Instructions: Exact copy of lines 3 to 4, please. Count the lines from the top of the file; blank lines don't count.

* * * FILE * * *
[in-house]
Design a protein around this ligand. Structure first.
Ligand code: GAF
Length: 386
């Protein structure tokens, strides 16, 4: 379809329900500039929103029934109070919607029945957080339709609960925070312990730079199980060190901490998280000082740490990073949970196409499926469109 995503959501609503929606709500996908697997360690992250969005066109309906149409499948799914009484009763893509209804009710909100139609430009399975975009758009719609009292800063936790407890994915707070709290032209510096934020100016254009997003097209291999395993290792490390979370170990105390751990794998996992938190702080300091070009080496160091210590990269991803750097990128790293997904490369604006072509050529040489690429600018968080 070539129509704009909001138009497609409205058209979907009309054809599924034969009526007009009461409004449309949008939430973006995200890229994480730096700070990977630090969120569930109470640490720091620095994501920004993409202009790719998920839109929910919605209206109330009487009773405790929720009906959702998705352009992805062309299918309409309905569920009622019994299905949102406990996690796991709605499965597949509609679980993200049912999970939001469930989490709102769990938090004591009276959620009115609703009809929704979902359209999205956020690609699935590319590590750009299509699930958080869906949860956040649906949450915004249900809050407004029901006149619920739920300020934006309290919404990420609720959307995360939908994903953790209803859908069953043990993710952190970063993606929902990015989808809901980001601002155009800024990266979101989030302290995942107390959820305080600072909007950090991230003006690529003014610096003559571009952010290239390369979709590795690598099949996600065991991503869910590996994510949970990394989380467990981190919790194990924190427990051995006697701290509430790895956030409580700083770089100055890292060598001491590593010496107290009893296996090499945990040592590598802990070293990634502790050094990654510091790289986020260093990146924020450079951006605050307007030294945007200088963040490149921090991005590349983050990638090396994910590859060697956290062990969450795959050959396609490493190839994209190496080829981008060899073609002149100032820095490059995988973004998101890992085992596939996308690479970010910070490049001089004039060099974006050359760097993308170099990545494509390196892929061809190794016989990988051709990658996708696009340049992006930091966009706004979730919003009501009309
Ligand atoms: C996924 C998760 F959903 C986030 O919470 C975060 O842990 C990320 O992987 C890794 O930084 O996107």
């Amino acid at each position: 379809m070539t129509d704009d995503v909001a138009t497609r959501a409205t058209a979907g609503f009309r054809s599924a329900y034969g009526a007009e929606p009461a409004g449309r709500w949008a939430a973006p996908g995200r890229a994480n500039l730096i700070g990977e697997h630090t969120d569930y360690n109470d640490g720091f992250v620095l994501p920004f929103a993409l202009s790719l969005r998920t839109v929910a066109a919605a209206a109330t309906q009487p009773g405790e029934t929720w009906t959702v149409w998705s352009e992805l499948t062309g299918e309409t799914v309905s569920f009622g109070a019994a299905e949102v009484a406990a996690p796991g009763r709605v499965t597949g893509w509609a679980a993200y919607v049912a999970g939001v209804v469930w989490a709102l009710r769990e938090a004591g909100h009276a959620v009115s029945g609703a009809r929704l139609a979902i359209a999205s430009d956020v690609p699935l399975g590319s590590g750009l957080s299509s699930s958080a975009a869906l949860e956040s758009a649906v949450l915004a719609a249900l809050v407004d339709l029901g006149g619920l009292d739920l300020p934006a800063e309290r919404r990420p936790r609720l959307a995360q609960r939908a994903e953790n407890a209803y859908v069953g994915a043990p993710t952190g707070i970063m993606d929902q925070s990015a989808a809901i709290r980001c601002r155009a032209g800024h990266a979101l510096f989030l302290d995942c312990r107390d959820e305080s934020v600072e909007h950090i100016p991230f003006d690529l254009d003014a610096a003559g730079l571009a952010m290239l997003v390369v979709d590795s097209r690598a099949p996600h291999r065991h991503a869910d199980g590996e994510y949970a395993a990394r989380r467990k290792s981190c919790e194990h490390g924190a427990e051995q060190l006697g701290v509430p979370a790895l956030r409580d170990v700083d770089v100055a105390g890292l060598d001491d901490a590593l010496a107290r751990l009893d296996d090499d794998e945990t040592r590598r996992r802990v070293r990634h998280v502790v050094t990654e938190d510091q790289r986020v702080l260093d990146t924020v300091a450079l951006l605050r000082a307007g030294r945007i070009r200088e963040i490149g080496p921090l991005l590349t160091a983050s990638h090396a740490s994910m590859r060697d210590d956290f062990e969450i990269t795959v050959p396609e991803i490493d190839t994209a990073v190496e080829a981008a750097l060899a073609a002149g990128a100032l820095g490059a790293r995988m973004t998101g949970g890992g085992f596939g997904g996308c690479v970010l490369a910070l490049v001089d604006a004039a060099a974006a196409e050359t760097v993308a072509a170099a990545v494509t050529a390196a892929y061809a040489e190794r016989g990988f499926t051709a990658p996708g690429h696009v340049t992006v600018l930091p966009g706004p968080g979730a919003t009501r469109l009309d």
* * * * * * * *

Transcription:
Ligand code: GAF
Length: 386